By Paula Ebben

MEDWAY (CBS) – Team building, problem solving and critical thinking; every STEM idea schools want kids to learn by the time they graduate from high school.

In the town of Medway from elementary school through high school, students are introduced to non-traditional science and math classes thanks to a partnership with Worcester Polytechnic Institute.

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“Think! You’re in an elevator with a venture capitalist going to invest in this; you have 60 seconds to convince them this is a good idea,” Jon Jasinski explained to his engineering class.

What makes this STEM class so appealing to students is that there is no textbook. They come up with a problem, design a prototype, build it then create a sales pitch all in one class and it just might launch a few careers.

“It’s really fun! You get to do all sorts of stuff and you wouldn’t get to do that in everyday class,” said William Woodring, a Medway High School freshman.

Engineering class at Medway HS (WBZ-TV)

Engineering class at Medway HS (WBZ-TV)

“The project itself is really the vehicle and it’s easy to focus on the technology and engineering the mathematics, but it’s really much more comprehensive than that,” Jasinski said.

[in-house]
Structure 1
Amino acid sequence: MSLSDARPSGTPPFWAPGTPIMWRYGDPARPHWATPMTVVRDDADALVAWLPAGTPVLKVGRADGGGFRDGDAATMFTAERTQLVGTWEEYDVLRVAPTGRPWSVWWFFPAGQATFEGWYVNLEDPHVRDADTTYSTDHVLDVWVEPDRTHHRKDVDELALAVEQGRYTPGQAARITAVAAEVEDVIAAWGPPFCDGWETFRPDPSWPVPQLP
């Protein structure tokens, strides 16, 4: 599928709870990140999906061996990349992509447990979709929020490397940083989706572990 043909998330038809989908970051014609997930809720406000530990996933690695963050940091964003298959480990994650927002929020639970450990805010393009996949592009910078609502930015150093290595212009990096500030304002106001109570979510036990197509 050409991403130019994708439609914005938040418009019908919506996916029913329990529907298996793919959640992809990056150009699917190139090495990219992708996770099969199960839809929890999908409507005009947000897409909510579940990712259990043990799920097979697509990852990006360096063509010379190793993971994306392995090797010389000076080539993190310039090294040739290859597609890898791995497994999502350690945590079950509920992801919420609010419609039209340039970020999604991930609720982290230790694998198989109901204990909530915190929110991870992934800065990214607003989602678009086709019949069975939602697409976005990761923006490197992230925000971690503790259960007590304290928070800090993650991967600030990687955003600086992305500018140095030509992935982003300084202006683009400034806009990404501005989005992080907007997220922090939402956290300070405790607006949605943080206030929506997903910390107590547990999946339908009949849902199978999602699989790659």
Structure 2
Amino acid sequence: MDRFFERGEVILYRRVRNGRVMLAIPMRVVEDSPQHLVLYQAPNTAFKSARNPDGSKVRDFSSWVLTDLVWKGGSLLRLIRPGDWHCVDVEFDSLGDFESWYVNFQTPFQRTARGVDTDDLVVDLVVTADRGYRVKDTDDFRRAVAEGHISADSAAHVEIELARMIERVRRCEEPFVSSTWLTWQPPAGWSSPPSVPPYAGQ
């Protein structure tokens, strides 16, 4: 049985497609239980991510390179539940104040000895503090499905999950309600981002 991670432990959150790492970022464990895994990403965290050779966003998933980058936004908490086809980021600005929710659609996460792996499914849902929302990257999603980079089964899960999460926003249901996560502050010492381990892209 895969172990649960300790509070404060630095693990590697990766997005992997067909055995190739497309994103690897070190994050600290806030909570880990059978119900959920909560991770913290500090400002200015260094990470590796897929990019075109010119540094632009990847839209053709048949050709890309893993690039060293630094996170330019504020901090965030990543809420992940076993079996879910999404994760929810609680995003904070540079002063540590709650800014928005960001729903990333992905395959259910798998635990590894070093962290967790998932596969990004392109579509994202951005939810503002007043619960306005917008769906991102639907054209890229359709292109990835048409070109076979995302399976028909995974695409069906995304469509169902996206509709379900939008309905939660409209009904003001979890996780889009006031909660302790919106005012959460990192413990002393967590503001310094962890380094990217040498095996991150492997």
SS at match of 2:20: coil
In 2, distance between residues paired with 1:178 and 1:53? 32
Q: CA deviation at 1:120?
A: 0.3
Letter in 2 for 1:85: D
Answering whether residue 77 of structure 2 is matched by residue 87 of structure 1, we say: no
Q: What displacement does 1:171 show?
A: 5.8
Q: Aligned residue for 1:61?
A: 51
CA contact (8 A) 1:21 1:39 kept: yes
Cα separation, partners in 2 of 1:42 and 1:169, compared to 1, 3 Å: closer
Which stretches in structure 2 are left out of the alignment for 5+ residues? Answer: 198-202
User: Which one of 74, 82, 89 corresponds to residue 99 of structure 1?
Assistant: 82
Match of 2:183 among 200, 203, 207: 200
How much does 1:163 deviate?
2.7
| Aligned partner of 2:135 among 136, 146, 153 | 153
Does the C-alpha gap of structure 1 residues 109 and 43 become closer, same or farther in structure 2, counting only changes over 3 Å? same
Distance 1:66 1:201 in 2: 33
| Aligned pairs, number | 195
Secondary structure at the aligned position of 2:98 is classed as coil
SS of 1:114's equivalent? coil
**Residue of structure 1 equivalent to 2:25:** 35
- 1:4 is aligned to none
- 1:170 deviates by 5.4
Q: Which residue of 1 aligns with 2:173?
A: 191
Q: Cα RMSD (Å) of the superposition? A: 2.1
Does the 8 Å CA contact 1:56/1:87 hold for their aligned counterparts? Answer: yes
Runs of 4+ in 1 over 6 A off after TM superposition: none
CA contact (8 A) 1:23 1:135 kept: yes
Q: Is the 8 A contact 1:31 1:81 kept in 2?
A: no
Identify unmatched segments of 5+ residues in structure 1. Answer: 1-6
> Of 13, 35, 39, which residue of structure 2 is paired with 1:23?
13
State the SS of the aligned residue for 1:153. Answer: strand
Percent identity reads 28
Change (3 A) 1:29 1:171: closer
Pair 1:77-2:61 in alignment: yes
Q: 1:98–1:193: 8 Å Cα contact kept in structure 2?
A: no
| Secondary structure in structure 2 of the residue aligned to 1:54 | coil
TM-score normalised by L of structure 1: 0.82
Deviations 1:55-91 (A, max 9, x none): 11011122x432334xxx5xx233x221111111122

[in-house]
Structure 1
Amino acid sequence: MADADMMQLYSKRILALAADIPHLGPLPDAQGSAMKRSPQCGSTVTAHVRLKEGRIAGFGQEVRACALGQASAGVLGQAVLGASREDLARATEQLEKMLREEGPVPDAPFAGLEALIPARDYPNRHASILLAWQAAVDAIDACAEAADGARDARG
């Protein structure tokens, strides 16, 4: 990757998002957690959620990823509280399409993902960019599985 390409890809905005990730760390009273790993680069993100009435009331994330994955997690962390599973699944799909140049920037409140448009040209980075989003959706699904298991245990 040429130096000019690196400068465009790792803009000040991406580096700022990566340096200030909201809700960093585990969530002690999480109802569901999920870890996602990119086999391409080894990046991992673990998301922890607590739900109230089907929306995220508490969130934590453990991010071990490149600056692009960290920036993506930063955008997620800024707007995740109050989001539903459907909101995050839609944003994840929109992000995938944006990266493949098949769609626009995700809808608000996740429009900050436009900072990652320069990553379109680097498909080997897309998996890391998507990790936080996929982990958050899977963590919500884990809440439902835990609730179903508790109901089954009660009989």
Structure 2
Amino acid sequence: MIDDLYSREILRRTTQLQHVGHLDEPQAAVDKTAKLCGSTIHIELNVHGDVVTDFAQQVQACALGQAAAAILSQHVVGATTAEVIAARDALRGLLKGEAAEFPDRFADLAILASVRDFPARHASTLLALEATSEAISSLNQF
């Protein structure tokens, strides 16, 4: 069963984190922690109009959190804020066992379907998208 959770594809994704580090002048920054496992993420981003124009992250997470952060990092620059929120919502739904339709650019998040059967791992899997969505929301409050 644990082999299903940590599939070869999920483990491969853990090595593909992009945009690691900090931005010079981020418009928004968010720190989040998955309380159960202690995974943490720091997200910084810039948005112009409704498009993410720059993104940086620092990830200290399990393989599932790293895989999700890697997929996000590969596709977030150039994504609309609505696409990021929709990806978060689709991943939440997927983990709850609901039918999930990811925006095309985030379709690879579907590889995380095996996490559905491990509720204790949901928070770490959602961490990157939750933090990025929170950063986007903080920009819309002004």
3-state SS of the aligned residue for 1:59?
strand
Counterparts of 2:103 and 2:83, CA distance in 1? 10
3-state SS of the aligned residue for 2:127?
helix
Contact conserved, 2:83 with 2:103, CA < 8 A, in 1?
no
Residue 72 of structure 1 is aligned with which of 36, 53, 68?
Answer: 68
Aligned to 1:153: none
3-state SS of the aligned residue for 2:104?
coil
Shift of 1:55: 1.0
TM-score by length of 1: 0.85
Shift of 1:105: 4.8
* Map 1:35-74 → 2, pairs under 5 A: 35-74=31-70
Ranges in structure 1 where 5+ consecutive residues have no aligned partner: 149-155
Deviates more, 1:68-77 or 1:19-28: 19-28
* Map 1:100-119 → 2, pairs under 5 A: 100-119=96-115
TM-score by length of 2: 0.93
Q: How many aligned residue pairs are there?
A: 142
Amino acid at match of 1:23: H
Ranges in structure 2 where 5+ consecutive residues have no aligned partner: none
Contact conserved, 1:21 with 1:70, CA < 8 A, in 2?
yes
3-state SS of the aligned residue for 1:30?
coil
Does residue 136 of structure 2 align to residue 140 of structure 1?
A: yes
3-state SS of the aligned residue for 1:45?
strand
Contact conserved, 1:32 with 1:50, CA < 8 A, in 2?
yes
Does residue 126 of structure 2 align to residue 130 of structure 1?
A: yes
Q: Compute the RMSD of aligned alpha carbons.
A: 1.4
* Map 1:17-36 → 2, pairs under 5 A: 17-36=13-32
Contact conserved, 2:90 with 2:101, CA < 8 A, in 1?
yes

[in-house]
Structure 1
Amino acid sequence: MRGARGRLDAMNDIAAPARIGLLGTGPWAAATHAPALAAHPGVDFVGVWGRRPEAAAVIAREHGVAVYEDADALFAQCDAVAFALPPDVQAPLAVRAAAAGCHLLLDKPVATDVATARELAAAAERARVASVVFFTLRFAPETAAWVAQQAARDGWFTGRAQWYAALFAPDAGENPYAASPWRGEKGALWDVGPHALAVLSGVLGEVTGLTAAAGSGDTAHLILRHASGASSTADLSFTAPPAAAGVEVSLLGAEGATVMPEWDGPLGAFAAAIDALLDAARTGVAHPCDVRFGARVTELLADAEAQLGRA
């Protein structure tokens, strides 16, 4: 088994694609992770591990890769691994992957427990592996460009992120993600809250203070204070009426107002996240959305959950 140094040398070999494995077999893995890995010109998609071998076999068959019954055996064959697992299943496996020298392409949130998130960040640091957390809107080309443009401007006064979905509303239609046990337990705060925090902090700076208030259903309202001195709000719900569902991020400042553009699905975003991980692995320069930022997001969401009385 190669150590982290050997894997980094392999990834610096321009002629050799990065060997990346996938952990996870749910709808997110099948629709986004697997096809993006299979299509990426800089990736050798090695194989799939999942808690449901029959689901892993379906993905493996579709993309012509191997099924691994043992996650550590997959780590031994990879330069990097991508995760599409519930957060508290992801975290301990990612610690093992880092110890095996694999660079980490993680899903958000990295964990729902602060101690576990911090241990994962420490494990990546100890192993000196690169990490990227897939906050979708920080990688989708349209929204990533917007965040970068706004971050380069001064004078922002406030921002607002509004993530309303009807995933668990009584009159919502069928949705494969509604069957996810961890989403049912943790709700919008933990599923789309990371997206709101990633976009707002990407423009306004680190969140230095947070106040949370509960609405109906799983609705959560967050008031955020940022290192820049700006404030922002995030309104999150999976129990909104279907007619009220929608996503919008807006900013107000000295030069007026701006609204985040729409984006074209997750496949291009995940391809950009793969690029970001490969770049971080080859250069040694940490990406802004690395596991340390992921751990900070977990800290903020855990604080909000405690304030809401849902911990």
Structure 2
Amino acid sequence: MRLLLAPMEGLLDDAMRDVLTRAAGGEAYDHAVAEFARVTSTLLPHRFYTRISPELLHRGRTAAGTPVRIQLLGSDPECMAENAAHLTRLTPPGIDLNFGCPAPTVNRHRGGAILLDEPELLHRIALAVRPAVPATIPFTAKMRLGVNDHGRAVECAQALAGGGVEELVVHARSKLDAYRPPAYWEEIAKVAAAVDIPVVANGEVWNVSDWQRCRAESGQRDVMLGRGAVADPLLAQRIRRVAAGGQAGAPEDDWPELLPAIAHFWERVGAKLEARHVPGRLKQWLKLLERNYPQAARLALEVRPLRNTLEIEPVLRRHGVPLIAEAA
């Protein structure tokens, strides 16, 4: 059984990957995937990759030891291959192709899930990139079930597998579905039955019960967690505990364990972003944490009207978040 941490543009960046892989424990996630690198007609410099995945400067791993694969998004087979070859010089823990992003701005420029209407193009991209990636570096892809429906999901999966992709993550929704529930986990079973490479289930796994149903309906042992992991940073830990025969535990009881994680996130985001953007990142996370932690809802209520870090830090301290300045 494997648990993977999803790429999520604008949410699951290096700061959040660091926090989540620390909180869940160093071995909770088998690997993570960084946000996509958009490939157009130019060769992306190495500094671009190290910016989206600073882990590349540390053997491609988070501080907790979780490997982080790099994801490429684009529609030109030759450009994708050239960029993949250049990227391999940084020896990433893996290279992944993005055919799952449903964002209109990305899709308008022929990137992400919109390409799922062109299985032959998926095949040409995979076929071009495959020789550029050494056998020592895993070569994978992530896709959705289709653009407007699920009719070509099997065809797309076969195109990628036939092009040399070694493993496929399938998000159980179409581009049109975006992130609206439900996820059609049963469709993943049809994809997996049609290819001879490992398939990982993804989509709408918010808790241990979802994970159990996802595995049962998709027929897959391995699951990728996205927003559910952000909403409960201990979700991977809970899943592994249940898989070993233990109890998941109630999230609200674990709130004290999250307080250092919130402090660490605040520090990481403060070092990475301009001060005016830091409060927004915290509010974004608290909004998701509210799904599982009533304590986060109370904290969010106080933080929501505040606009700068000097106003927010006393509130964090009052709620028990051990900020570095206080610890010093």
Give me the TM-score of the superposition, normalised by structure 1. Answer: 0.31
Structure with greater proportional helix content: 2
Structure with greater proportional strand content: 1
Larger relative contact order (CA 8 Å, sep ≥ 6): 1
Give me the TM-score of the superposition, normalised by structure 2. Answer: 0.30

It’s the concept of the non-profit “Project Lead The Way” – hands-on learning taught all the way through the Medway school system and students say the work of “doing” brings them knowledge and real joy.

What’s so great about this class?

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“It’s just so unique because there’s no other class where I can just come in and generate ideas and be creative!” one student said.

Medway expanded Project Lead The Way over the last few years thanks, the superintendent says, to generous grant funding from WPI.

“As we walk through classes you see a level of engagement that is truly authentic,” said Superintendent Armand Pires.

Student Max Krebs hopes to be an engineer.

“I took Principals of Engineering in this classroom, and this year I took Intro to Engineering and it really made me want to become an engineer overall from all the experiences I got in class,” Max said.

“It’s such an easy sell once you see it working,” Jasinski said.

The superintendent says the upfront cost of $40,000 is significant but then becomes more manageable.

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As we’ve seen in so many towns it’s the public-private partnerships – like this one with WPI – that make innovative programs like this work.

Paula Ebben